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Fostering historical thinking with digitized primary sources

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Fostering historical thinking with digitized primary sources edtech orna farrell james brunton

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Fostering historical thinking with digitized primary sources

  1. 1. Fostering historical thinking with digitized primary sources Orna Farrell & James Brunton orna.farrell@dcu.ie @orna_farrell james.brunton@dcu.ie @DrJamesBrunton
  2. 2. • Background • Primary sources & history • Digital primary sources • Learning outcome etc…. • “The History Lab” initiative Outline
  3. 3. Background •Open Education, NIDL, DCU •BA (Hons) Humanities, BA (Hons) Humanities (Psychology major), BA (Hons) English & History •Flexible/off-campus learners •Six BA in Humanities history modules
  4. 4. Primary sources & history •History is the study and interpretation of the past, and engaging with primary sources is central to the development of authentic critical historical thinking. (Wineburg, 1999)
  5. 5. Digital primary sources • In the past thirty years, millions of primary sources have been digitized by libraries and archives • sheer scale of sources material, questions about source quality -challenging research environment for learners • In the lead up to the centenary of the 1916 Rising, there has been a major drive to survey and digitise relevant archival material • National Library’s “1916 Digitisation Project” which is making 90,000 images & personal papers of 7 of the signatories of the proclamation • The Dublin Rising 1916-2016 virtual tour https://dublinrising.withgoogle.com/welcome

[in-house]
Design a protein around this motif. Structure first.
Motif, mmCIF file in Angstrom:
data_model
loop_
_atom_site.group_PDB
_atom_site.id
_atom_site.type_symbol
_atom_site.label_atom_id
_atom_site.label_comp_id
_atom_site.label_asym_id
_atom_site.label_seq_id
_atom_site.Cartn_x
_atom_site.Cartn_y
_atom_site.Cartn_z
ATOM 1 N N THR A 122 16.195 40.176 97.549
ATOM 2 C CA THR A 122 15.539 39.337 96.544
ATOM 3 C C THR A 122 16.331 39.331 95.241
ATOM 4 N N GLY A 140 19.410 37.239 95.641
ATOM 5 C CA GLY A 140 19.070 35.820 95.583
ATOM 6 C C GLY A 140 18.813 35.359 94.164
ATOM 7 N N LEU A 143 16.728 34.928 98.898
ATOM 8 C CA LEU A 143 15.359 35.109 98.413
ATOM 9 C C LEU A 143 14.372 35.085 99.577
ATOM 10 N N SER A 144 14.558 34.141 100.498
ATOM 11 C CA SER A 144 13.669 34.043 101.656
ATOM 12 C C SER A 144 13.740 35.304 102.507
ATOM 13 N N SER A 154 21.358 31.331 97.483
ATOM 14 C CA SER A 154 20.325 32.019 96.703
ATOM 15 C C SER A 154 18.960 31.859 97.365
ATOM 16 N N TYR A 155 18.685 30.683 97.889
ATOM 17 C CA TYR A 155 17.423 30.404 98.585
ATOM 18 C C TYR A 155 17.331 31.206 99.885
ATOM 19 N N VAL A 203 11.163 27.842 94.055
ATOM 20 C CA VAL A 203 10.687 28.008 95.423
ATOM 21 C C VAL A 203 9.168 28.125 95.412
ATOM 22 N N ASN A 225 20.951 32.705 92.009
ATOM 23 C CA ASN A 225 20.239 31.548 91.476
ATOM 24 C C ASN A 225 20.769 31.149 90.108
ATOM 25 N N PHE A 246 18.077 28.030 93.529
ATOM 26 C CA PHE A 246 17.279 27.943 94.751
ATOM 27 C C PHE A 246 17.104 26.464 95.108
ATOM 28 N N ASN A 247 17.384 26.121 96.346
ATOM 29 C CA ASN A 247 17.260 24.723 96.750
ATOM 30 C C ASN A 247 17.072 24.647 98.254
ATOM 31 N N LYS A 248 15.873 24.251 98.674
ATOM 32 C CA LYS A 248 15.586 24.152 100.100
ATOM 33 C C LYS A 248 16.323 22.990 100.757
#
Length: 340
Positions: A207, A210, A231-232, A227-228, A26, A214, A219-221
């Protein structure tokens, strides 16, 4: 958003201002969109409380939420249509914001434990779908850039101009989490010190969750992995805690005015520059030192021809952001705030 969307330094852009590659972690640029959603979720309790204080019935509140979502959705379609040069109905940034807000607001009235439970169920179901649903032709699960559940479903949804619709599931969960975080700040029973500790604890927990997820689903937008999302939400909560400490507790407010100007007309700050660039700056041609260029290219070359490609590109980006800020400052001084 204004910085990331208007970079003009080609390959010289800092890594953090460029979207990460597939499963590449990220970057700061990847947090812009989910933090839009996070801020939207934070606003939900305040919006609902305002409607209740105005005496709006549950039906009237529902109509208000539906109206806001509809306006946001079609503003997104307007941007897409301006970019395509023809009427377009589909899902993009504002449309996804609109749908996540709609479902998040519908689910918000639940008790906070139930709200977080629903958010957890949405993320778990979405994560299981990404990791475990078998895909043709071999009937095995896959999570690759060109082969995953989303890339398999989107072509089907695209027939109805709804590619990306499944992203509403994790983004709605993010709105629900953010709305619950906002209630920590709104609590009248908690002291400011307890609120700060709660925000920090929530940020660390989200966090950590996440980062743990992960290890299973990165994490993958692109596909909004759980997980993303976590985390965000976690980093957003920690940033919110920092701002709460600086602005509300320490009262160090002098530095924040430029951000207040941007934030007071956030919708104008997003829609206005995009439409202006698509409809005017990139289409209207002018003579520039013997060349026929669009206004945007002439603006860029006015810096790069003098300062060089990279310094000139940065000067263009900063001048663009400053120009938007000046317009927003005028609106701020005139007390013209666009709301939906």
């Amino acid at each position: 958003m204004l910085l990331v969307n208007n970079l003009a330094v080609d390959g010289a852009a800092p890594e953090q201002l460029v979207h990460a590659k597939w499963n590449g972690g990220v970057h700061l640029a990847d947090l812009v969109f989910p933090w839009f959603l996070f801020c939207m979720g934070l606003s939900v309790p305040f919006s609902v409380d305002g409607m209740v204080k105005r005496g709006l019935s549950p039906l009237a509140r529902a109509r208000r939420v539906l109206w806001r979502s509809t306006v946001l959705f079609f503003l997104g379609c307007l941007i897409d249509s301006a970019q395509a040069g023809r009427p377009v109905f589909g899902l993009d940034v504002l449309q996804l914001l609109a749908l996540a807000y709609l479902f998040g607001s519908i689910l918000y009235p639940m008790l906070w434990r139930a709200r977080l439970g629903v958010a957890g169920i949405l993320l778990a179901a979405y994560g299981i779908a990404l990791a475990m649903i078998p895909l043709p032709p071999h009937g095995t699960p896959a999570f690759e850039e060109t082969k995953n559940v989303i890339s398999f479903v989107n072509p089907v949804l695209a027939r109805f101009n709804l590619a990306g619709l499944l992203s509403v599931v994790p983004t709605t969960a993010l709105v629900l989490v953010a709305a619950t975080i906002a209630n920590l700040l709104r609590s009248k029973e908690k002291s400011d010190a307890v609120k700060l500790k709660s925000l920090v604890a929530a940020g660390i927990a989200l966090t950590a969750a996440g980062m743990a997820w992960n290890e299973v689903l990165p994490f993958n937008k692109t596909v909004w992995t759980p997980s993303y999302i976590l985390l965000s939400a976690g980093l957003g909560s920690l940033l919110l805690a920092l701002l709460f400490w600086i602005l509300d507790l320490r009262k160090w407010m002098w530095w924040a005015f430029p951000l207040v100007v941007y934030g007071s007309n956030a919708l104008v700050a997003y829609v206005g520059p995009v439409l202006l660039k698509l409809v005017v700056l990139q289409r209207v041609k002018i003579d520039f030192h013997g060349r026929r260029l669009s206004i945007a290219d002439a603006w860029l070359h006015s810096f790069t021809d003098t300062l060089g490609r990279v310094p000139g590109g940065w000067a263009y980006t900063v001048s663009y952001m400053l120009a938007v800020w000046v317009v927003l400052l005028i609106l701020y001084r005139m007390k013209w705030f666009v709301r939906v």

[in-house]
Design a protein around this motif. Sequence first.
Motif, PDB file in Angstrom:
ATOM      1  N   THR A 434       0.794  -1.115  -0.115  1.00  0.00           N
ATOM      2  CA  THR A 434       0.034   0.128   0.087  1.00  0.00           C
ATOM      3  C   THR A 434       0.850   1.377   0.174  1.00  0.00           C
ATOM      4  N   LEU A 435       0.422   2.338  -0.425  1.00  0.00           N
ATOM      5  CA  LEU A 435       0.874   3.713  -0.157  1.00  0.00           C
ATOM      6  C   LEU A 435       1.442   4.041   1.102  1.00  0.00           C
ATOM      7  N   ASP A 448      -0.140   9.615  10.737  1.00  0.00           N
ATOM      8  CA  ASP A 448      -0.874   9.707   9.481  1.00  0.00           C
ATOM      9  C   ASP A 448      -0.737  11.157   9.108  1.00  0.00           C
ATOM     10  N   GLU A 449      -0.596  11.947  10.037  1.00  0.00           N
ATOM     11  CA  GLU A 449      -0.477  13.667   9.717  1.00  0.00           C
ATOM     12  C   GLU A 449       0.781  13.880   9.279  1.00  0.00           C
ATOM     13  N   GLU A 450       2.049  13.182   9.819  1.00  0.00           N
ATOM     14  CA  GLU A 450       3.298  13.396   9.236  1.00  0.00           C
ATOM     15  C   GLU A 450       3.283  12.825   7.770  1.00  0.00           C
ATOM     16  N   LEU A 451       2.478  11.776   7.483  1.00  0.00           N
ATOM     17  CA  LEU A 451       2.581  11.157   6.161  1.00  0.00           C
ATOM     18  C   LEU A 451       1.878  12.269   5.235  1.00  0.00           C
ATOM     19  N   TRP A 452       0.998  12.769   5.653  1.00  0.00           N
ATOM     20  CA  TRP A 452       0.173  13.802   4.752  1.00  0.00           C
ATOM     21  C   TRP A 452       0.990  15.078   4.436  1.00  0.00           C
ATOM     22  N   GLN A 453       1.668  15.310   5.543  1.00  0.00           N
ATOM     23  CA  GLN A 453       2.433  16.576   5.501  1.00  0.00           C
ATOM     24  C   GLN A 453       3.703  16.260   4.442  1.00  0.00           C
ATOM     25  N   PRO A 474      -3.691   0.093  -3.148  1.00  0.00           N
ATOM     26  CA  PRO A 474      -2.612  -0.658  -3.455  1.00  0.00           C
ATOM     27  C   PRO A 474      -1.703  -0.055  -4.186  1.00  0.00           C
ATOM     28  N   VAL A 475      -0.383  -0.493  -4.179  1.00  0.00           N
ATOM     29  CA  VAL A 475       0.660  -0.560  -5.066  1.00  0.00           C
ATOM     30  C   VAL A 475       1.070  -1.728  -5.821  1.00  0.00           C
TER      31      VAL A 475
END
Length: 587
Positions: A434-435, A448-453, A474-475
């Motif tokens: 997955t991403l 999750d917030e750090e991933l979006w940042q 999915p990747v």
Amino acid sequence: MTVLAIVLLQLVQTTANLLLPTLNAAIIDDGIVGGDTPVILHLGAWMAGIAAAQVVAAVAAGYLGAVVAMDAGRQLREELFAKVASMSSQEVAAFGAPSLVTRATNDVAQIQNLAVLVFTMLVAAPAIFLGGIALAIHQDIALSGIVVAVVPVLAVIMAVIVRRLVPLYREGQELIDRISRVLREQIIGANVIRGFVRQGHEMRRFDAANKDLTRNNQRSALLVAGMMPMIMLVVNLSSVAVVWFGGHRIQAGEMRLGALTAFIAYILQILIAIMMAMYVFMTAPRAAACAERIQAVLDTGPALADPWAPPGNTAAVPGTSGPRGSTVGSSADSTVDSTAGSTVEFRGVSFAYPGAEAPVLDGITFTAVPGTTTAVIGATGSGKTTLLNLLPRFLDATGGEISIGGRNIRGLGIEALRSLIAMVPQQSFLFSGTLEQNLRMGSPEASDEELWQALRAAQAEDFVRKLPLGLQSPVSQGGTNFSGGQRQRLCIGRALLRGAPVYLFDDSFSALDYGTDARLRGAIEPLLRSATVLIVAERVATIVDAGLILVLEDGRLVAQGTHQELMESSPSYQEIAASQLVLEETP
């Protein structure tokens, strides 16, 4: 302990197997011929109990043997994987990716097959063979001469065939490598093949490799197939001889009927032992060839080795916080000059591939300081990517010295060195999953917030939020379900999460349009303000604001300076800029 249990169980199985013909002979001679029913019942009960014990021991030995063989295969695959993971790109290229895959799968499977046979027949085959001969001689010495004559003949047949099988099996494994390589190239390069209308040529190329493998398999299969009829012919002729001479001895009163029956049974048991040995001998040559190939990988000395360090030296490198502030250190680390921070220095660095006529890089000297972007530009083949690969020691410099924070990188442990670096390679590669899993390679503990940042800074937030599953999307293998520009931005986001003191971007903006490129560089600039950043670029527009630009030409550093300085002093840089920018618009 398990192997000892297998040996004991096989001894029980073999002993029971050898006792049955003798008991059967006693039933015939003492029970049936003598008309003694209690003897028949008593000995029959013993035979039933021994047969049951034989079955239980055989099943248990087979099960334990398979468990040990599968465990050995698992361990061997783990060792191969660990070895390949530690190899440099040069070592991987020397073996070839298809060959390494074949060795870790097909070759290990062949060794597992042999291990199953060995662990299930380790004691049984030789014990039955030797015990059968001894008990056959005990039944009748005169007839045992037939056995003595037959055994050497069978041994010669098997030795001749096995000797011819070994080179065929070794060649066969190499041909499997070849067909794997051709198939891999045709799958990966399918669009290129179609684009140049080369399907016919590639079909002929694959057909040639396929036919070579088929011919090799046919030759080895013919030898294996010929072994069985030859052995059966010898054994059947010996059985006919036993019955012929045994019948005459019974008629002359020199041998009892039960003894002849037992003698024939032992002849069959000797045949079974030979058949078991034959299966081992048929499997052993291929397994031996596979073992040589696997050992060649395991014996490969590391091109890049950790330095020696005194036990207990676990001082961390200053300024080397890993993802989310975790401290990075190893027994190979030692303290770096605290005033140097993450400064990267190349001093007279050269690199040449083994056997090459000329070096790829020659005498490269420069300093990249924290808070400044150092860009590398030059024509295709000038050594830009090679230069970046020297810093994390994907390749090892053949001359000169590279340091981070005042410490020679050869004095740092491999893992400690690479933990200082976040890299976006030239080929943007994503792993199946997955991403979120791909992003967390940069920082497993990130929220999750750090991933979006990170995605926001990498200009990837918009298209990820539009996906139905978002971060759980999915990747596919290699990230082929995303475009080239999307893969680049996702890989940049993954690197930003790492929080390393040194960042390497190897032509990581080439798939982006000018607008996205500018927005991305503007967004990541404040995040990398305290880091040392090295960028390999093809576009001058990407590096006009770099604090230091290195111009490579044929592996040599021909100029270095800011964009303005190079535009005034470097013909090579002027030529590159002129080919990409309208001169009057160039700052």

6. 6. Digital primary sources • Crowdsourcing-Maynooth University “Letters of 1916” 1300 transcribers working on hundreds of letters • Personalizing-Stories from 1916 I • Virtual Reality-Contested Memories the Battle of Mount Street 1916-
  7. 7. Learning outcomes etc…. • (NFQ) the learning outcomes of all level 8 undergraduate degrees includes competency requirements of advanced research skills and critical thinking • In the UK, the (QAA) subject benchmark statement for undergraduate history states that students should develop ” the ability to read and analyse texts and other primary sources, both critically and empathetically, while addressing questions of genre, content, perspective and purpose.” • BA (Hons) Humanities programme learning outcomes such as: using advanced skills to conduct research, confidently negotiating access and navigation of online resources and internet based environments and utilise electronic reference resources